Friday, February 12, 2016

Winter Wonderland

After a dreary December with no snow and brightened only by the Christmas season, the temperature plunged in January and we had several snowstorms.  Most of January was beautiful with crisp temperatures from -25 c. (-13 f.) to -5 c. (+20 f.).  We actually preferred the colder weather because it kept the snow fresh and dry.  It was beautiful - truly a winter wonderland as reflected in the pictures below.
We live in an older residential area.  Nearby is embassy hill, with many old homes.  This is one of Anne's favorites.  We enjoy walking through this area.
Also nearby is Kaivopuisto, a lovely park.
In the winter time it is a favorite for outdoor activities such as
cross-country skiing and sledding.

The children dress in their snowsuits everyday.  Outdoor walks are part of the pre-school curriculum even in the coldest of weather!  These children are going for a walk through Kaivopuisto.
On a cold morning everything is fresh and clean.  This is the yatch harbor near our apartment.  In the summer it will be full of sailboats and motorboats.  It is pleasant to walk along the harbor in all seasons, but it is especially beautiful in the winter with fresh snow.

When the weather is clear we enjoy many beautiful sunrises (at 9:30 am) and sunsets (at 3:30 pm).  The days are short and there is a real temptation to hibernate!!
The countryside also affords some beautiful scenery.  This picture was taken at the home of one of the couples with whom we serve at the Temple.  It is about a half hour from downtown Helsinki.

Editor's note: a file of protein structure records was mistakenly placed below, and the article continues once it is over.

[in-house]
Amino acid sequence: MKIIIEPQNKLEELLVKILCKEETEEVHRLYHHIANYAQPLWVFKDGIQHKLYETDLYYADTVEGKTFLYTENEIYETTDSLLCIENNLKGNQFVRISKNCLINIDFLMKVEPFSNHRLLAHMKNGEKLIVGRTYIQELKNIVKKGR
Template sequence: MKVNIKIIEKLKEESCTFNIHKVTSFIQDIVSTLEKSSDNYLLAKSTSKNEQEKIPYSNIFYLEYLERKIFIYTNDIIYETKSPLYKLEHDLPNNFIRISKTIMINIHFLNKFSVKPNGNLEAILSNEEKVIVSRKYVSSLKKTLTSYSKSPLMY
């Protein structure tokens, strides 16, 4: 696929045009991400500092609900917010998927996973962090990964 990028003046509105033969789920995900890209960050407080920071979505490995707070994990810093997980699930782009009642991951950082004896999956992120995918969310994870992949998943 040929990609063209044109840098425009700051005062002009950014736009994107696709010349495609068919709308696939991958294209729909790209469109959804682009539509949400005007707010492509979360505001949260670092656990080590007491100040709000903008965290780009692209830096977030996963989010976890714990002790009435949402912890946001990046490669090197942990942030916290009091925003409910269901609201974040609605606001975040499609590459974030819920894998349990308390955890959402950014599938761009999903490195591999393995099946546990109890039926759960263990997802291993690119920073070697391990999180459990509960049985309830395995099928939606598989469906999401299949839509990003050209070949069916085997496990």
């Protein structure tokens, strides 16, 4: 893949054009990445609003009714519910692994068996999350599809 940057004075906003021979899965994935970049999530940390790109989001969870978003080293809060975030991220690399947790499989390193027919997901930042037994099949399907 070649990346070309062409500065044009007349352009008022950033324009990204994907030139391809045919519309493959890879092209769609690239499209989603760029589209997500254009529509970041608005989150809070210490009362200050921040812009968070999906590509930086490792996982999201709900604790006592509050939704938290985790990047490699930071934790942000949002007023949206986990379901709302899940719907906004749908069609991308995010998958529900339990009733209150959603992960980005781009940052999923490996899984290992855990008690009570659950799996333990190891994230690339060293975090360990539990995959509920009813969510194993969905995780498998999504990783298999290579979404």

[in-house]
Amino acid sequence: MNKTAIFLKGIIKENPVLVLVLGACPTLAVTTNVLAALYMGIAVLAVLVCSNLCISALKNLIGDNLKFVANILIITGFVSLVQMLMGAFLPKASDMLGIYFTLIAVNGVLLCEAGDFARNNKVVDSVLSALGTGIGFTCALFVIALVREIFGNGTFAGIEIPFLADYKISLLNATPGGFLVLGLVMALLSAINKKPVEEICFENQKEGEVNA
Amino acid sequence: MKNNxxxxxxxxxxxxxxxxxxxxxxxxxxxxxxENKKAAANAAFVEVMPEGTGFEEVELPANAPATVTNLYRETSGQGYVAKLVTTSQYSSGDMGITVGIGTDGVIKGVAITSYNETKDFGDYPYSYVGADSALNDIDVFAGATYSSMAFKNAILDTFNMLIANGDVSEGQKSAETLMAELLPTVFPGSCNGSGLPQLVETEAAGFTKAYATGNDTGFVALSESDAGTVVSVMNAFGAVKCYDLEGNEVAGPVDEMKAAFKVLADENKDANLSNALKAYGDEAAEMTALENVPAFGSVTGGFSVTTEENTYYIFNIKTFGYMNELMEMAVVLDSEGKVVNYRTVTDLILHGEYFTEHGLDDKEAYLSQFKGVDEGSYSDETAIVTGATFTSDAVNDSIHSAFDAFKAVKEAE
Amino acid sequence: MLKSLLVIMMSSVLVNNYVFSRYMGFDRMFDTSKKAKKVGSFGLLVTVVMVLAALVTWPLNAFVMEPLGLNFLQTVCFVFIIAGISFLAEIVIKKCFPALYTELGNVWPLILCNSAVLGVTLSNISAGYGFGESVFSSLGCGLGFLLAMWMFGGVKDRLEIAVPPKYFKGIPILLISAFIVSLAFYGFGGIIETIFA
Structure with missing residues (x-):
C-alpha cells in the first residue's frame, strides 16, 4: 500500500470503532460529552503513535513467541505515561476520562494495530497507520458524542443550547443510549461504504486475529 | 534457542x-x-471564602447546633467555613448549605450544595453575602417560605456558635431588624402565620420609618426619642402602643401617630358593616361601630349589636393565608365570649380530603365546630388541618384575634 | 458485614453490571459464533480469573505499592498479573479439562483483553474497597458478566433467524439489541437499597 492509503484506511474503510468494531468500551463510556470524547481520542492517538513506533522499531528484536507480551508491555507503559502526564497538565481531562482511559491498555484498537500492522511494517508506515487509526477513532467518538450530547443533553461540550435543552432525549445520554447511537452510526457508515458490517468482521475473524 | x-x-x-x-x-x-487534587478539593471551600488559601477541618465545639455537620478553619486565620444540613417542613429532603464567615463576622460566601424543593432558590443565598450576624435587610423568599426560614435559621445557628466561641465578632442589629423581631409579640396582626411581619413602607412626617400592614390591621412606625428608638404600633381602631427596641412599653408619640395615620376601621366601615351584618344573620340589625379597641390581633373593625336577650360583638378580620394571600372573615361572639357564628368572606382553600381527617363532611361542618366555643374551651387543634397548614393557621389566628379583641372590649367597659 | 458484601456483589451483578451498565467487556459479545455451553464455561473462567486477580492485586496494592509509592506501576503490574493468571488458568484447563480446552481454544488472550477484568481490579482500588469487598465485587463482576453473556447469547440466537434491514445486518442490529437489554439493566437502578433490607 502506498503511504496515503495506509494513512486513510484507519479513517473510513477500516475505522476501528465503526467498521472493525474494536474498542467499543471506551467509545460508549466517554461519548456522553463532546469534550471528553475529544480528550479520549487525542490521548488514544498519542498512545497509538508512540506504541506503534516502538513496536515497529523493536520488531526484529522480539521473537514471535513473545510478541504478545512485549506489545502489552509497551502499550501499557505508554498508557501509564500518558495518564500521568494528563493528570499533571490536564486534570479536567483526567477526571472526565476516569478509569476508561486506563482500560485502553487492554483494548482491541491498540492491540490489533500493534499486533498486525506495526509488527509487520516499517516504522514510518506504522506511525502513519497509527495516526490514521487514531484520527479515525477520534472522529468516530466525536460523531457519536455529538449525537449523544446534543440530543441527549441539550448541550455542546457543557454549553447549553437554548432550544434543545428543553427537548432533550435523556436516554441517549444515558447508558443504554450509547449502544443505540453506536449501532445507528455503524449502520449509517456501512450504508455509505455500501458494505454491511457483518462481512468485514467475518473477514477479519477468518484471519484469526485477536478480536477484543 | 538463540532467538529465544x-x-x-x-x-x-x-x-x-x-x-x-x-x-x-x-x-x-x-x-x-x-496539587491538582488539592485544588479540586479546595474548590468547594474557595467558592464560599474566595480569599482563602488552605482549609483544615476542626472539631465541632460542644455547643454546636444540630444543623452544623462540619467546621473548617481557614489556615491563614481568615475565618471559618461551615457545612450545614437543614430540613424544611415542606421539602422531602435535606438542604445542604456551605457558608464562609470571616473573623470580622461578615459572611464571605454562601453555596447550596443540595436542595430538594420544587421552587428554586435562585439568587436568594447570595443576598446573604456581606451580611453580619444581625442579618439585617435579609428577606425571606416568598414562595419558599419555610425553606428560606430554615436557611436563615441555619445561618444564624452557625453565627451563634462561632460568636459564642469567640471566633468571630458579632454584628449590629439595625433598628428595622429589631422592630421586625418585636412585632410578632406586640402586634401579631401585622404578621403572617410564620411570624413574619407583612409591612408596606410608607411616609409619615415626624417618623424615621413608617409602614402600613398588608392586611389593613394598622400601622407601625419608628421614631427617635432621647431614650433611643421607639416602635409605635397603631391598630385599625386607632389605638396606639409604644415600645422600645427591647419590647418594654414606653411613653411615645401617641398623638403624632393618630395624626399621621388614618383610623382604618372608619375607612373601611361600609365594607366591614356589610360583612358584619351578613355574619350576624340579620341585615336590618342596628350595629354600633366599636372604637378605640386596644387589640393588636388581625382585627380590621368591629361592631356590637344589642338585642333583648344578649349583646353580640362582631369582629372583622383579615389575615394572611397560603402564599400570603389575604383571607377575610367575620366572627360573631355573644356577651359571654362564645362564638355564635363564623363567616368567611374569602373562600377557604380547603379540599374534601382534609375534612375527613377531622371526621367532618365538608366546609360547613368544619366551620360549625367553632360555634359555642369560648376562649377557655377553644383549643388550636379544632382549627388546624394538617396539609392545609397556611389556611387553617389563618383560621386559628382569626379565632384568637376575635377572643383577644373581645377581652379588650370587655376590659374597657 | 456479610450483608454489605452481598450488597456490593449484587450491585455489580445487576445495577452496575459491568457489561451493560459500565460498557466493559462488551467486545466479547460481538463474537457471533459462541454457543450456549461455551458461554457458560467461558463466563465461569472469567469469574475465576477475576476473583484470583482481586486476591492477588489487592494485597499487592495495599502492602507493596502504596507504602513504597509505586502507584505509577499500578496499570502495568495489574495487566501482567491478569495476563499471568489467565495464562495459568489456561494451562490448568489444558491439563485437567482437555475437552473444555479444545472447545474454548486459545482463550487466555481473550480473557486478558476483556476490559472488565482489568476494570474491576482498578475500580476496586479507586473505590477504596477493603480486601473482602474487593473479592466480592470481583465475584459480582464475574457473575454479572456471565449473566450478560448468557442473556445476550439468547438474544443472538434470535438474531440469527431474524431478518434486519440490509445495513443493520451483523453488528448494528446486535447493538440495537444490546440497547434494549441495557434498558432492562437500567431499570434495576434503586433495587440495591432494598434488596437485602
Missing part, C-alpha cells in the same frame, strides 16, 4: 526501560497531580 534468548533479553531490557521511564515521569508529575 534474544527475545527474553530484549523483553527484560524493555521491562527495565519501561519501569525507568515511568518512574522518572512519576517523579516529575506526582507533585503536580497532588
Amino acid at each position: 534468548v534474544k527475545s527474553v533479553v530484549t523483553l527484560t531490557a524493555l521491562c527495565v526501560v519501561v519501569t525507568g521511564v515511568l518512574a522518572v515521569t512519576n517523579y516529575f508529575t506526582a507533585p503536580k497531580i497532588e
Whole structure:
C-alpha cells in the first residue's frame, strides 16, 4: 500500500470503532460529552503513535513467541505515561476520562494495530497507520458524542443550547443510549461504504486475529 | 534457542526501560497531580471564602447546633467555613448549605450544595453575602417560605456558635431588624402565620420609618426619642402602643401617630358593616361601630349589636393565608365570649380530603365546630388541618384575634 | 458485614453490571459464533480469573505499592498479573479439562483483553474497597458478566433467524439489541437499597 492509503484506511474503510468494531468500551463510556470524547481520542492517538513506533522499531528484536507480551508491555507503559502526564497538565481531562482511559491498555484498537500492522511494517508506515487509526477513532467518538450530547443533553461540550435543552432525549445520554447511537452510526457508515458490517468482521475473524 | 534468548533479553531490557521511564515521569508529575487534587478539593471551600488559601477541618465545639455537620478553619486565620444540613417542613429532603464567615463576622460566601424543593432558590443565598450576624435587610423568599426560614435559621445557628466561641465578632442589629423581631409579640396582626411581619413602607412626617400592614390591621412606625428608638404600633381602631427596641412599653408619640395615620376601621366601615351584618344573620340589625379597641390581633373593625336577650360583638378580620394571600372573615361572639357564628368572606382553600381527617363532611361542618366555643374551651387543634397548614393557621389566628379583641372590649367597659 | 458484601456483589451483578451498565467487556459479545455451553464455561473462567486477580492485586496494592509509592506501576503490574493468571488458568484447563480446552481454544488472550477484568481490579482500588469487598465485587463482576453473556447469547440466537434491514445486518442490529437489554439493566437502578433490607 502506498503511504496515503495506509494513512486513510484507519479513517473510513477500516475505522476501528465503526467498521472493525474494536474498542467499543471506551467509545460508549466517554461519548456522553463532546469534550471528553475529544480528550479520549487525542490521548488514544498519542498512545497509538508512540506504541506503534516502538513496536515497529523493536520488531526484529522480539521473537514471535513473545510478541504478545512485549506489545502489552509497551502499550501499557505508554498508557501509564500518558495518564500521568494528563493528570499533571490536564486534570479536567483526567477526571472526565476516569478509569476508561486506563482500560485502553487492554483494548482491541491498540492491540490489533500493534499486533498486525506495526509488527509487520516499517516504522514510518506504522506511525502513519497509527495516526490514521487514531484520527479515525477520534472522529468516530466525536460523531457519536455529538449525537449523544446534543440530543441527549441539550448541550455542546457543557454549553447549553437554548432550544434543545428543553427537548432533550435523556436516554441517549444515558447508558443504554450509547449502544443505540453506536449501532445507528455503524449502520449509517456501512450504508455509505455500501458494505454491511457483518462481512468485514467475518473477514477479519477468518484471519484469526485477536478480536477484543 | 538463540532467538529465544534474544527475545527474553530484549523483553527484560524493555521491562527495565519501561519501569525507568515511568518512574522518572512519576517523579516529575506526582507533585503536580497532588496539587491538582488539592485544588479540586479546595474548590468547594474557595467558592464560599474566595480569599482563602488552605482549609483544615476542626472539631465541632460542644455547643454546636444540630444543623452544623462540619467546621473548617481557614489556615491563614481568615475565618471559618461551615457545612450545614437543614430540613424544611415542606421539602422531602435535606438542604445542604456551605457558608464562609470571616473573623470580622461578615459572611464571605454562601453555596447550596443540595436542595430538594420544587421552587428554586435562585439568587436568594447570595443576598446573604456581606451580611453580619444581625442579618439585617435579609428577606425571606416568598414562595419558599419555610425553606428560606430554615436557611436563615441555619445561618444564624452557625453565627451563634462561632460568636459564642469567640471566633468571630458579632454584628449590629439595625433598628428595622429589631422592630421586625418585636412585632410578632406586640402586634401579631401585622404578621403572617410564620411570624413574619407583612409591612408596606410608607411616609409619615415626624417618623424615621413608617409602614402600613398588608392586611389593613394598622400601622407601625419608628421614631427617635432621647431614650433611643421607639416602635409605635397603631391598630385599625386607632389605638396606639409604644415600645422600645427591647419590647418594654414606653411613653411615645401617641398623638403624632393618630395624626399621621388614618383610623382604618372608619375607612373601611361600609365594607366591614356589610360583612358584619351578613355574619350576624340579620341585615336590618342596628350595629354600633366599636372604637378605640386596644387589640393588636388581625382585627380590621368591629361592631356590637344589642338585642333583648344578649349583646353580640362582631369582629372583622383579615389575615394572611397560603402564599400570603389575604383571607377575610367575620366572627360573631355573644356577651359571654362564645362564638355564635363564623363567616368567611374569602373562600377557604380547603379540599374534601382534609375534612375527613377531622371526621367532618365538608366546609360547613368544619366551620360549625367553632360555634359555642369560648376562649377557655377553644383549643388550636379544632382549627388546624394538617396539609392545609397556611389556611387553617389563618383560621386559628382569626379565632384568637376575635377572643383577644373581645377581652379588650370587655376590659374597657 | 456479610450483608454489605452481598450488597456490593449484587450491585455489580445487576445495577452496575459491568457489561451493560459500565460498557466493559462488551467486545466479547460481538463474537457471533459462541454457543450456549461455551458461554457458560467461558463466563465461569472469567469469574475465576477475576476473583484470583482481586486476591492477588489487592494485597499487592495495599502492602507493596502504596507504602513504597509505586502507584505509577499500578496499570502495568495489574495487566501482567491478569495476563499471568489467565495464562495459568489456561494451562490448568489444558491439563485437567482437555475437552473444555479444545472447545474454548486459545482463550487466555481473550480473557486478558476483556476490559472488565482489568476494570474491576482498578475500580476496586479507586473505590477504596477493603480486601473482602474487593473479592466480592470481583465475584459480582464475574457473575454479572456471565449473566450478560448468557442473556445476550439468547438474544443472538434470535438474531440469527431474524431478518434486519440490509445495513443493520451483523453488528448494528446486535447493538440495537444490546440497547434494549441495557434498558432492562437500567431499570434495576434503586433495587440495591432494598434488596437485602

These kicksleds are still common outside of the major city areas.  You frequently see older
women on the street with a grocery bag or grandchild on the seat.  We wanted to bring one
home, but would have to fix it with wheels for our warm California weather!  On my mission
forty-seven years ago, we called them mumu (grandmother) sleds.
This is the National Museum.  It is one of the neatest buildings in Helsinki.  After a snowstorm
the snow is piled quickly in squares and parks.

Another Helsinki landmark, the Swedish theater at the head of Mannerheimentie, the main artery serving the downtown area.  Note the snow piled on the side of the road.
Snow removal is a continuous process in the winter time.  Immediately after a storm the roads and walks are cleared with the snow being piled to the side.  For the next several days the piles of snow are loaded into dump trucks and hauled away.  It is a 24/7 process.
Although the roads are plowed in most places the snow is also sanded and packed down providing a pretty efficient and safe "winter pavement!"
We followed one of the trucks and found where they were taking the snow.  The tugboat kept its engines running to keep the water moving and ice free.  After the snow was dumped the back hoe would be used to push it out away from the edge to keep it from piling up.  This was a continuous process with trucks pulling in, dumping and leaving in less than a minute.  It was pretty interesting to watch.

1 comment:

  1. Such a beautiful place to serve a mission. Thanks for posting.